3. Amen. Preach it, brother. Your column put into words something that has been nagging me like a splinter in my brain since I heard her speak last night. I think she took too seriously those who thought the nomination process was simply going to be a rubber stamp to her inevitability. Perhaps her anger at being denied the coronation prevents her from seeing the historic moment we are witnessing. Unfortunately, whereas Barack's inspiring speech last night made me think that perhaps America is finally turning the corner, her speech pointed out how far we have yet to go.

  4. Hllary Clinton has always believed she was entitled to be President. Millions of Democrats voted against her, not because she was a woman, but because she cannot be trusted and thinks mainly of herself, despite her politician's utterances about "the common man."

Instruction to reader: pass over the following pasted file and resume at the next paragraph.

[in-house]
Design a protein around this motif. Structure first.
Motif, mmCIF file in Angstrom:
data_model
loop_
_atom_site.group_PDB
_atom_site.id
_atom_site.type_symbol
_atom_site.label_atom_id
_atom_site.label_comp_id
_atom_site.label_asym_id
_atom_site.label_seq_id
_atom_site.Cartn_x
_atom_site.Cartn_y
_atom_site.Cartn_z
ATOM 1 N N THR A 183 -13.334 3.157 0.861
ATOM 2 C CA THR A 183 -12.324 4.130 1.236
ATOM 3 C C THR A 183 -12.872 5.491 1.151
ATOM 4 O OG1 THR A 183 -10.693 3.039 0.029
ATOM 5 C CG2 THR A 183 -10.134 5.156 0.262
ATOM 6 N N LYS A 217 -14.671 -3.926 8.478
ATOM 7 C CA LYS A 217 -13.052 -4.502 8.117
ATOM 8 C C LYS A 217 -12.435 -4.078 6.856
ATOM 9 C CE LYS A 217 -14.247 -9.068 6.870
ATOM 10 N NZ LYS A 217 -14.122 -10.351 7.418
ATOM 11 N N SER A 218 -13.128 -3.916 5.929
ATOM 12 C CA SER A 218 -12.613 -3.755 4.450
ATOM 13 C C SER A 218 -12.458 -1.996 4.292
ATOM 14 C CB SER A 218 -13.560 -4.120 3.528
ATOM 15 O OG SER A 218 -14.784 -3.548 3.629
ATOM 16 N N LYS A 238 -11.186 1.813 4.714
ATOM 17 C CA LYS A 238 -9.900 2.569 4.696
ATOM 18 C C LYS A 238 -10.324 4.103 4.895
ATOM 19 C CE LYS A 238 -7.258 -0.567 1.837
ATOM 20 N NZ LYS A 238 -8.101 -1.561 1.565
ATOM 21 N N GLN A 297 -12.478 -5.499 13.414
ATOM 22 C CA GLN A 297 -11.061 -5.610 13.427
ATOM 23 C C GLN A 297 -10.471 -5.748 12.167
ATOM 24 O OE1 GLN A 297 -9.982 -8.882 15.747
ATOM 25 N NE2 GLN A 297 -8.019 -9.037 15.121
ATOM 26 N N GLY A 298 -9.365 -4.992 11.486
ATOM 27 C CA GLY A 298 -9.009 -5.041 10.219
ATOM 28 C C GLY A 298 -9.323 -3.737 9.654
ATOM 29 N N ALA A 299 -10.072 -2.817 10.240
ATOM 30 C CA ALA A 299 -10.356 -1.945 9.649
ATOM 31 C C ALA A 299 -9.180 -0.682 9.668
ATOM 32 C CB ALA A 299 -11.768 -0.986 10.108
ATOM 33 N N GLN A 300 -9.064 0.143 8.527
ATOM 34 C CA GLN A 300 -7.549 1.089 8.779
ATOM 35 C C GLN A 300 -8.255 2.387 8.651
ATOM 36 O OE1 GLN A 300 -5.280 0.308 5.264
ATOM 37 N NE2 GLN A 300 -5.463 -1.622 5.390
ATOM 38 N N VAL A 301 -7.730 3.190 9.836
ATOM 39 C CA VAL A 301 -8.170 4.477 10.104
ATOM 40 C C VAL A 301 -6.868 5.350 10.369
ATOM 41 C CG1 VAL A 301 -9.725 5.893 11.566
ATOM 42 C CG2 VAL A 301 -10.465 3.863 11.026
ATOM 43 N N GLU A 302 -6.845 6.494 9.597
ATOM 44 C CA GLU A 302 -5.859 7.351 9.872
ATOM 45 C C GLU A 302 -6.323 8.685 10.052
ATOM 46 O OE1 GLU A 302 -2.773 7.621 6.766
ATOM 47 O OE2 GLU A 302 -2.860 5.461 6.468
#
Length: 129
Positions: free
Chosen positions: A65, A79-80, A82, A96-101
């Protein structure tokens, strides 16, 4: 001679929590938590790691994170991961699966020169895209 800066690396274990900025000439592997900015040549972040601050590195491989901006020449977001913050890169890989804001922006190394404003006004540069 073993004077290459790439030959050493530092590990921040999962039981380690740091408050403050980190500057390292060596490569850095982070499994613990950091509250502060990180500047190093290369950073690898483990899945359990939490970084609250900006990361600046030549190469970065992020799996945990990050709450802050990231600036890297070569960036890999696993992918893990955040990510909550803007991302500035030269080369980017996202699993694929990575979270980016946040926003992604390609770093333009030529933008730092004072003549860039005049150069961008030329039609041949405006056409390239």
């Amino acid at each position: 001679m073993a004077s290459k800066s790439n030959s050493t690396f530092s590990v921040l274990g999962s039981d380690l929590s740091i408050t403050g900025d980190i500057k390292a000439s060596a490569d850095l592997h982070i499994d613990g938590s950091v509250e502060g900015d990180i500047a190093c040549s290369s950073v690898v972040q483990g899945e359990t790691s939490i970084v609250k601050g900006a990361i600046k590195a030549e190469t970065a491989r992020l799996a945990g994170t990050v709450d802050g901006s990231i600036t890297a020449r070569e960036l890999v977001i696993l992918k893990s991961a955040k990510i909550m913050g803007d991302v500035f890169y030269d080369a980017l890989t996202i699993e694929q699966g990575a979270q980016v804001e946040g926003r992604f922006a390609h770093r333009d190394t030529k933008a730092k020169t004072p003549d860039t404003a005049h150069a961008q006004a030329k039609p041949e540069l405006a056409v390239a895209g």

As the primary campaign continued, Hillary's true nature came out, with disgusting racially inspired phrases showing that winning was more important than leadership. Even many in her close inner circle had difficulty staying loyal.

    The United States is ready for either a black or female president. We just have to make sure they're the right person for the job, not simply because they represent our race or gender, but because they're the best person running.

  5. If Obama does nothing else, he will have put the Clintons out to pasture.

    Seems the Clintons' most ardent and loyal voter base has finally opened their eyes after years and years of being a "rubber stamp" for Bill and Hillary Clinton.